Libya - Arab State in N Africa: capital, Tripoli. Early Christianity displaced by spread of Islam from 630. Almost all Catholics are foreign workers. Restrictions on religious orders lifted, to allow health workers in, after UN embargo. Libya maintains a restricted form of freedom of worship. Islam is taught in schools. Libya established diplomatic relations with the Holy See in 1997. Catholics 1.8% of population.


Madagascar - Republic off E coast: capital, Antananarivo. Fruitless missionary effort until Jesuits came in 1845. Apostolic prefecture set up 1850 and apostolic vicariate put in charge of Holy Ghost Fathers in 1898. First native bishop 1936. Hierarchy established 1955. Today the Church runs hundreds of schools and dozens of orphanages, and thought to be largest landowner after government. Catholic residents of Madagascar have recently requested to be officially recognized as a religious organization. Catholics 28%.


Malawi - Republic in E Africa: capital, Lilongwe. Missionary work (16th - 17th centuries) begun by Jesuits ineffective until end of 19th century when White Fathers (Missionaries of Africa) came. Vicariate in 1897. Hierarchy 1959. In 1990s Church helped force free elections and toppled undemocratic government. Catholics 28% of population.


Mali - Republic in W Africa: capital, Bamako. Catholicism introduced late in 19th century. Little success with Muslim population. Vicariate 1921, hierarchy in 1955. In recent years, Church has promoted role of women in society. Catholics make up .2% of the population and have cordial relations with Muslims. The constitution recognizes freedom of worship and defines the country as secular.


Mauritania - Islamic republic in NW Africa: capital, Nouakchott. Almost all Catholics are foreign workers. Fundamentalist Muslims seen as threat to Church there. The constitution establishes that the country is an Islamic republic and acknowledges Islam as the religion of its citizens and of the state. Catholics .2% of population.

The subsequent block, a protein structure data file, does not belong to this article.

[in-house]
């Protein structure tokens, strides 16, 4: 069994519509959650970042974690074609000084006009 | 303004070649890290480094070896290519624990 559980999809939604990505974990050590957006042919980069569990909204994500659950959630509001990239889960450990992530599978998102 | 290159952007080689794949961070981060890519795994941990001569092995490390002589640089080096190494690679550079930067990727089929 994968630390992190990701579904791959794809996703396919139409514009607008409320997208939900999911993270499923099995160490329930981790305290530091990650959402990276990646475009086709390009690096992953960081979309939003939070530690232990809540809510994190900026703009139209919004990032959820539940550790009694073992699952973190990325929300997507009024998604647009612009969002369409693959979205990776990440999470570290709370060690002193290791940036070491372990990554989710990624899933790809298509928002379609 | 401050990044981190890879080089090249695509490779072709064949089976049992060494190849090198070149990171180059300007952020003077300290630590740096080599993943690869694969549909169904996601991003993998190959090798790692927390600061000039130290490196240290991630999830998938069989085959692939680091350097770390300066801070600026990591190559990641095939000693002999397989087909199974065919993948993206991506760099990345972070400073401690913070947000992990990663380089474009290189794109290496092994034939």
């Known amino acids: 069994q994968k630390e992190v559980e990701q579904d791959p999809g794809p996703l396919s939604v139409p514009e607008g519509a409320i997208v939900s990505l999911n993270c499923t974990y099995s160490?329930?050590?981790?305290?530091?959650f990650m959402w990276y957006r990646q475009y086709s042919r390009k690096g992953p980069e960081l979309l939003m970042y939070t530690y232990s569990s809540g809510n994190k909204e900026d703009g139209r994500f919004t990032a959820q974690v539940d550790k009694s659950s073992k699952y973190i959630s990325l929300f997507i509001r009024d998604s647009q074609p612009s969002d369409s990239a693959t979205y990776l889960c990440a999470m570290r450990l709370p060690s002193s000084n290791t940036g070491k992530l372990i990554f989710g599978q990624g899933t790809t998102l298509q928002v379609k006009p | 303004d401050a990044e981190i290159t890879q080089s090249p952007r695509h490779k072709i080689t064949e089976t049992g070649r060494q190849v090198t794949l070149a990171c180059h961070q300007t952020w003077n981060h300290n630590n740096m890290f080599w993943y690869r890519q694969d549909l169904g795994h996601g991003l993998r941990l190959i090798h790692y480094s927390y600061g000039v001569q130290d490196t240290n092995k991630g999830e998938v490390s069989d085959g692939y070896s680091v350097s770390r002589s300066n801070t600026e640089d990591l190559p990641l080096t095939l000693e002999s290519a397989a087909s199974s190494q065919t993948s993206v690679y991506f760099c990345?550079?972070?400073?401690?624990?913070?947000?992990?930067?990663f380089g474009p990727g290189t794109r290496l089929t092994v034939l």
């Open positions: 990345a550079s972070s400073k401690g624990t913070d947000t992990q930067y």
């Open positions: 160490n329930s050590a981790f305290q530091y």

Morocco – A constitutional monarchy in NW Africa: capital, Rabat. Christianity was introduced there in the 3rd century. It survived rule by the Vandals in the 5th and 6th centuries, then by the Visigoths, but after the Arab Muslim victory in the late 7th century, it almost entirely disappeared. Mission attempts began in the 13th century, with the appointment of a Franciscan friar and papal legate as Bishop of Morocco. The succession lasted till 1566, when the see was suppressed and its jurisdiction was turned over to Seville. From the 15th century, Spain and Portugal both laid claim to the country. In 1911 it became a French protectorate, with a Spanish sphere of influence. Both recognized Morocco’s sovereignty in 1956. Although the hierarchy was established there in 1955, evangelization had not been successful. The state religion is Islam, from which conversion is forbidden, although the country guarantees freedom of worship. Pope John Paul II visited in 1985. Catholics, all foreign residents, are about .07% of a population of 29 million.


Mozambique - Republic in SE Africa: capital, Maputo. Christianity was introduced here, at first sporadically, by Portuguese settlers early in the 16th century. Beginning in 1560, for the next two hundred years there was a steady flow of missionaries, the Jesuits, followed by Dominicans, St John of God Brothers, Augustinians, Franciscans and Capuchins. In the 18th century, the Jesuits were expelled from the country by the Portuguese government, and there was a decline in evangelization. From 1783, Religious Congregations began arrive: Salesians, Franciscans, and Divine Word missionaries. Relations between Church and state varied over the next century and a half. After 1940, a concordat was signed with the Holy See saw the hierarchy established and the creation of two dioceses and one archdiocese. Evangelization became organized and gained momentum. Missions, schools, and dispensaries were built. Missionaries other than Portuguese began to arrive, and two native bishops were ordained in 1975. Then, with independence from Portugal, came 16 years of civil war, during which evangelization came almost to a standstill. Many missionaries were forced to leave and missions were closed. During the war, the Church survived by building small Christian communities, while working for peace. When the war ended in 1992, the Church re-opened her missions and has flourished since, with high Mass attendance and a boom in vocations. Mozambique guarantees freedom of worship. Half of the population states that it professes no religious faith. Religious instruction in schools is forbidden. Catholics are 23% of the population.